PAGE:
Author Archives: Admin

Saor Eire’s 1968 raid on the Hibernian Bank in Newbridge, Co. Kildare

by Mick Healy

photo: Mick Healy

After a raid on the National Bank in Kells, Co, Meath in 1969, Saor Eire issued their first official statement to the press claiming responsibility for the robbery and describing themselves as the Saor Eire Action Group. They signed the statement as Michael Price, using the name of the 1930s socialist-republican leader and claiming that the money would be used to finance a movement which would strive for a Workers’ Republic.

The organisation had already become partly known, however, for daring bank raids.  They had commenced expropriations from Irish banks with a raid on the Royal Bank in Drumcondra, on February 27, 1967. This was followed by raiding a Munster and Leinster Bank in Tallaght on April 11, 1968.

On Tuesday, June 20, 1968, three armed raiders wearing false beards including Sean (‘Ructions’) Doyle, a veteran from Operation Harvest (the 1956-1962 IRA Border Campaign), entered the Hibernian Bank in Charlotte Street, Droichead Nua (Newbridge).  Shouting “this is a hold-up”, they held the manager, Michael Waldron, and the bank employees at gun point while searching unsuccessfully for a Free State Army payroll that, according to their intelligence, was destined for the Curragh Army Camp. While one man guarded the door, his two comrades vaulted the counter and empted £3,474 of bank-cash into a large bag.

However, an employee at nearby Sloan’s Drapery shop, Cathal Henry, became suspicious of the strangers who entered the bank and he approached a man outside the bank standing beside the get-away Read the rest of this entry

Dublin 8 – revolutionary hub: public meeting, Friday, April 29

Tommy McKearney to speak at Dublin March for Connolly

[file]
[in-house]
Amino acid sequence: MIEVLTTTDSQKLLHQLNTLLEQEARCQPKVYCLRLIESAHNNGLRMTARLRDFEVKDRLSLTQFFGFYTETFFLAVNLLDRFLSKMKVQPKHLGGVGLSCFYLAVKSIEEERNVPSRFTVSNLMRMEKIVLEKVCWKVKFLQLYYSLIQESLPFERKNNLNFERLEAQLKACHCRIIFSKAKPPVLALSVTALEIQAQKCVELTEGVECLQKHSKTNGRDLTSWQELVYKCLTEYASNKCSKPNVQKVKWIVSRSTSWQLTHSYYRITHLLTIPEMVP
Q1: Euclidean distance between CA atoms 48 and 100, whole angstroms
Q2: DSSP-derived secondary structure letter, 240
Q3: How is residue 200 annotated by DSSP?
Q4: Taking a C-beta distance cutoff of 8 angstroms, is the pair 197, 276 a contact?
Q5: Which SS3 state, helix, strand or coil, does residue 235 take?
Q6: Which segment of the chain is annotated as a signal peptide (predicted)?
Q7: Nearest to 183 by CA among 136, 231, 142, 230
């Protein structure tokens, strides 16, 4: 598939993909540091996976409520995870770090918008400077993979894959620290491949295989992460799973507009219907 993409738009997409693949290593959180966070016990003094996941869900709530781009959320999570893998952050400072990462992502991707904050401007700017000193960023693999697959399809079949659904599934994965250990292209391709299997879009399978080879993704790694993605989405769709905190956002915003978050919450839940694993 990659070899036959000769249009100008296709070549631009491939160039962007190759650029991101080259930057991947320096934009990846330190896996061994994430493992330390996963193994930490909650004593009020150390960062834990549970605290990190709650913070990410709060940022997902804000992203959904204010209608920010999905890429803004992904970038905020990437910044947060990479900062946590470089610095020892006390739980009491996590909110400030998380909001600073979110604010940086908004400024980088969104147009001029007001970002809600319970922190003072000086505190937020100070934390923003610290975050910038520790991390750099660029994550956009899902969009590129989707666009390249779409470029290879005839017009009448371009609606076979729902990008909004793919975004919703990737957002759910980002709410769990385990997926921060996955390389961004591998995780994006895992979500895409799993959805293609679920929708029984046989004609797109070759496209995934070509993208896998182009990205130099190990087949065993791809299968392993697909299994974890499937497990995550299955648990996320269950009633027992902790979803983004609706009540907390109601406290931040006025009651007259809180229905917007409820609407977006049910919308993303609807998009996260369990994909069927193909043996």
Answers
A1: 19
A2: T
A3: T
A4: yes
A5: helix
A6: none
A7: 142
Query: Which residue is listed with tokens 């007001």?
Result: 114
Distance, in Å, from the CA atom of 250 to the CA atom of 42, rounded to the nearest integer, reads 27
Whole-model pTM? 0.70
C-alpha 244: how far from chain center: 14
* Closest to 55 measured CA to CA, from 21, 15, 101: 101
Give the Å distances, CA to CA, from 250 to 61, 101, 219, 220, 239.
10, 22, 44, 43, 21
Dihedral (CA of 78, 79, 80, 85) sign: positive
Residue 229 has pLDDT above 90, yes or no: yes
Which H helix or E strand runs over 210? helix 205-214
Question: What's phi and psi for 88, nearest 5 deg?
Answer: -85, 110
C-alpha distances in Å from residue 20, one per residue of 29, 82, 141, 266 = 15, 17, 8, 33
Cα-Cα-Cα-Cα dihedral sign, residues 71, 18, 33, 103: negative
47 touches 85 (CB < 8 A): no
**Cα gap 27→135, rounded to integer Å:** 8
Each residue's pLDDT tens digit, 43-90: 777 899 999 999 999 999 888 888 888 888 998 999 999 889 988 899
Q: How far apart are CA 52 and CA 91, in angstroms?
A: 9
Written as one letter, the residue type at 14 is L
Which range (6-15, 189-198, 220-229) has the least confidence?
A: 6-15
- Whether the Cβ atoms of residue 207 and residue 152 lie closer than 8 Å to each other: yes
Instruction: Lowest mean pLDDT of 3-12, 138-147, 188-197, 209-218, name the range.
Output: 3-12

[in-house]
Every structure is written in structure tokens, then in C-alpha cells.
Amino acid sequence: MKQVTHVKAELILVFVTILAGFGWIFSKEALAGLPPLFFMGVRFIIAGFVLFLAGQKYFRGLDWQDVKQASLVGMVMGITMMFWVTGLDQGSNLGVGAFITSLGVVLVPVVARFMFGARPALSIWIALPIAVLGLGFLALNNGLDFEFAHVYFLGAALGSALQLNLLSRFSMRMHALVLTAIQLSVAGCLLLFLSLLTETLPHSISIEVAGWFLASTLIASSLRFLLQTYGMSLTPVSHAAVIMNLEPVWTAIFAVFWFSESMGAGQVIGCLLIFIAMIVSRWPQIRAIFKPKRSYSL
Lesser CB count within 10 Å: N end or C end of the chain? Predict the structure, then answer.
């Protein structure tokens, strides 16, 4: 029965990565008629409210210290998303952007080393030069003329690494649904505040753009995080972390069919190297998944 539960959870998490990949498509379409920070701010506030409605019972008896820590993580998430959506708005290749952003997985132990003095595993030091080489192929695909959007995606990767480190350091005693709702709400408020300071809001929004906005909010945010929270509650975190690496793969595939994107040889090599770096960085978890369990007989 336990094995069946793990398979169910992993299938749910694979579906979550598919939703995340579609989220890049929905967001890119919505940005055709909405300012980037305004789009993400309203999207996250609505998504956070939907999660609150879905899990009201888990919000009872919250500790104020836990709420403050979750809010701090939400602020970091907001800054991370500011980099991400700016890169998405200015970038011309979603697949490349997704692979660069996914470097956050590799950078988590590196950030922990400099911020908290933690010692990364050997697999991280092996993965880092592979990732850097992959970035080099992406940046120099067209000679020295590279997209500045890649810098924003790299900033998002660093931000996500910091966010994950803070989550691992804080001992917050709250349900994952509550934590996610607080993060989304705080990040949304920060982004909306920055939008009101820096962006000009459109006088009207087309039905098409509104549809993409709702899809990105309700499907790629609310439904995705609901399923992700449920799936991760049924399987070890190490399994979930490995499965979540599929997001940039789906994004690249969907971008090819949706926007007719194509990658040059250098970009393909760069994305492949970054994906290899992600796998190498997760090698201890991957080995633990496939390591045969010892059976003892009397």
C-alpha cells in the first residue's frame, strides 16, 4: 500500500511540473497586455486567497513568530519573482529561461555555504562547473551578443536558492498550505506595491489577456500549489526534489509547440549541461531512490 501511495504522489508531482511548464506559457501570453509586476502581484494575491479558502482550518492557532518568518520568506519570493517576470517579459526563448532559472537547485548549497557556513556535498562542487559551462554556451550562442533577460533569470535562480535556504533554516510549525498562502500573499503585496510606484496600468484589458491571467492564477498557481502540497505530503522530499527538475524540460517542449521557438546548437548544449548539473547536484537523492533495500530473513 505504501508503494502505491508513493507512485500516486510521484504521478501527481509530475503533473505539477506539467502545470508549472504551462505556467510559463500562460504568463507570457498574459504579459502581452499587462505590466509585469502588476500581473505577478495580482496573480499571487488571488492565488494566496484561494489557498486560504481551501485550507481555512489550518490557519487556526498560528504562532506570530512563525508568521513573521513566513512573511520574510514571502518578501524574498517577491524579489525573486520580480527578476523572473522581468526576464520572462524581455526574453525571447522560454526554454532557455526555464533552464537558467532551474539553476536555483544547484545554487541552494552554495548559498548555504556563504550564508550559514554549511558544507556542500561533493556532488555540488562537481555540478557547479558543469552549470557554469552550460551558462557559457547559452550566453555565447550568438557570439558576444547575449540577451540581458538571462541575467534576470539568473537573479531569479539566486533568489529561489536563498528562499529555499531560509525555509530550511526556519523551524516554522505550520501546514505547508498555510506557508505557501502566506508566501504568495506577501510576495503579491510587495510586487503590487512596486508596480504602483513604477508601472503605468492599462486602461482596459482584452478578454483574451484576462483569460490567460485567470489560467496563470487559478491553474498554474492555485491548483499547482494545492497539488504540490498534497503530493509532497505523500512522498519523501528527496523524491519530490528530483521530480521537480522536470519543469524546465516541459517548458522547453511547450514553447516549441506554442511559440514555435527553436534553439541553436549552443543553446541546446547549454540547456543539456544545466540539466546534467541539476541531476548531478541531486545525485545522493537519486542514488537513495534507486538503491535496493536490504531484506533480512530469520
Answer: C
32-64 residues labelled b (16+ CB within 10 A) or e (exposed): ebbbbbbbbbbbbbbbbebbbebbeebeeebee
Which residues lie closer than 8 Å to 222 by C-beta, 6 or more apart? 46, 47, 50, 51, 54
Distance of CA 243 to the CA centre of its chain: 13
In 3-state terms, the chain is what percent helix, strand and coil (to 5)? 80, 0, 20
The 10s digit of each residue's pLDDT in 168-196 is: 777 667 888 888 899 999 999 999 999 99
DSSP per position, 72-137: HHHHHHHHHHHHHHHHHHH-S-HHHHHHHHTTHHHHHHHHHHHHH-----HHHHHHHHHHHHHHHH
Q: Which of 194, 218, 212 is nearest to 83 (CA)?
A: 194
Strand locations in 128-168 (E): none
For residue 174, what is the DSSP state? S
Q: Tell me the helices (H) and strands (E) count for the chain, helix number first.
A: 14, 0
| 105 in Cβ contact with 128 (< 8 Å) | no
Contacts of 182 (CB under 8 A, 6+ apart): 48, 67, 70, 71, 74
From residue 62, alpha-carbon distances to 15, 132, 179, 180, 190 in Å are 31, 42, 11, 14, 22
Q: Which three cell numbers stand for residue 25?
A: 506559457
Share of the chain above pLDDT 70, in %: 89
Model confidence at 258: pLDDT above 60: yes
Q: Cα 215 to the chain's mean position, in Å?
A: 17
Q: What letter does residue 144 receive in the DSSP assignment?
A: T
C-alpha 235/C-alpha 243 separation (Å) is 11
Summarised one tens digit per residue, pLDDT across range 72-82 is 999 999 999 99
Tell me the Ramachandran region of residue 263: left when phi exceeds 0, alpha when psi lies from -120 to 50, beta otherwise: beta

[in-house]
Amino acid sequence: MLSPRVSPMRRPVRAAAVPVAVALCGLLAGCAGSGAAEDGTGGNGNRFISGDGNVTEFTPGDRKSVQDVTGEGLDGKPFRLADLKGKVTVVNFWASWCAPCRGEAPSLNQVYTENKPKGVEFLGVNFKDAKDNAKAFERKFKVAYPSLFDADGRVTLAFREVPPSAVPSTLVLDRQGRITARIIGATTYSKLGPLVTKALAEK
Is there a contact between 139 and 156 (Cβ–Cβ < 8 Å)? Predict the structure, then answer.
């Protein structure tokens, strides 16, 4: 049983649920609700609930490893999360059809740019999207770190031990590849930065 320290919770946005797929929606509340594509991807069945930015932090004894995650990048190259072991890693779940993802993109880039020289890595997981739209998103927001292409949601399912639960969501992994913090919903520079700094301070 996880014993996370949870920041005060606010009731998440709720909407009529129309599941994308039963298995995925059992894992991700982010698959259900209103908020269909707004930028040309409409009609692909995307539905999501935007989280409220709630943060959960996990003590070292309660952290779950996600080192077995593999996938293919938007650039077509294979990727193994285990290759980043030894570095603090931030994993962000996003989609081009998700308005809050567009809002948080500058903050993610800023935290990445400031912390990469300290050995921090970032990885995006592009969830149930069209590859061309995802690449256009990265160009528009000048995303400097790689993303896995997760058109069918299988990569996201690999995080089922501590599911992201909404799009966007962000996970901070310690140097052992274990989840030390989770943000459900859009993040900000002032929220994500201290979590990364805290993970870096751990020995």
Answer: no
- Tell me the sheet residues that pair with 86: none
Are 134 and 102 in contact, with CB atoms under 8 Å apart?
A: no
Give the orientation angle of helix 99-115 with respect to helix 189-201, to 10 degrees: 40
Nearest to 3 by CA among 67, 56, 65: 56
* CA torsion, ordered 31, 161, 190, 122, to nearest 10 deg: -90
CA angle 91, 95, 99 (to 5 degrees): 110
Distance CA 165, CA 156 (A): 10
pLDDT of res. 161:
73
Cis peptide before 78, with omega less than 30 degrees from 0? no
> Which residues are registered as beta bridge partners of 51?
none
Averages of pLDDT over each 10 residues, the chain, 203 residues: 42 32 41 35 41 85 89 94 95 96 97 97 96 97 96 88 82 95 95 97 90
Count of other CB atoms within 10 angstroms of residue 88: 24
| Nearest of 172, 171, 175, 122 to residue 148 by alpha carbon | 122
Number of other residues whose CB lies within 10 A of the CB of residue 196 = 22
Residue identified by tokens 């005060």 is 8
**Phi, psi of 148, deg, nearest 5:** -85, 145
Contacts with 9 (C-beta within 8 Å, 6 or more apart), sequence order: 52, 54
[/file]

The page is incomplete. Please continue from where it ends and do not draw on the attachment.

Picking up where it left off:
The veteran socialist-republican Tommy McKearney will be one of the speakers at the March For Connolly on May 14th in Dublin City.

The March For Connolly will mark the hundredth anniversary of the execution of James Connolly on May 12th 1916. McKearney, a former H-Block hunger-striker, author, trade unionist and anti-austerity activist, has consistently argued that socialism is the key to achieving Irish national, economic and social freedom.

The March For Connolly represents a once in a century opportunity for citizens to send a message to the political establishment – Connolly may be dead, but his politics are alive and well in the Ireland of 2016.

Join the March For Connolly, assembling at 2pm on May 14th at the Wolfe Tone Monument on Stephen’s Green for Parade to the GPO. Other speakers will be confirmed in the coming days.

Who drove the Rising?

imagesI’m well-disposed towards the 1916 Societies, so this short piece should be taken as a disagreement in a comradely spirit.

A recent article on their site says, “The driving force behind the Rising was the IRB; it was in effect a Fenian Rising.”  (See here.)

I think this is not only wrong historically but it has some important political implications for today too.

The IRB was not the driving force behind the Rising and nor could it be.  Connolly, Mallin, Markievicz and the Irish Citizen Army made up the driving force.  From the time the First World War broke out, Connolly determined on a Rising and began preparations.  The IRB position was rather more confused.  The left of the IRB – Clarke, Pearse, Mac Diarmada etc – also wanted a rising, but the situation in the IRB was far more complicated as the organisation contained far more equivocal figures, like Bulmer Hobson, and wavered continually.

The classic example is that the IRB capitulated to Redmond’s demand for a bunch of his sycophants – 25 of them I think! – to be added to the leading body of the Irish Volunteers.  If you are the driving force for an imminent rebellion you don’t agree to have a large number of opponents of such a rebellion being added to the leadership of what is ostensibly to be the main force of the rebellion.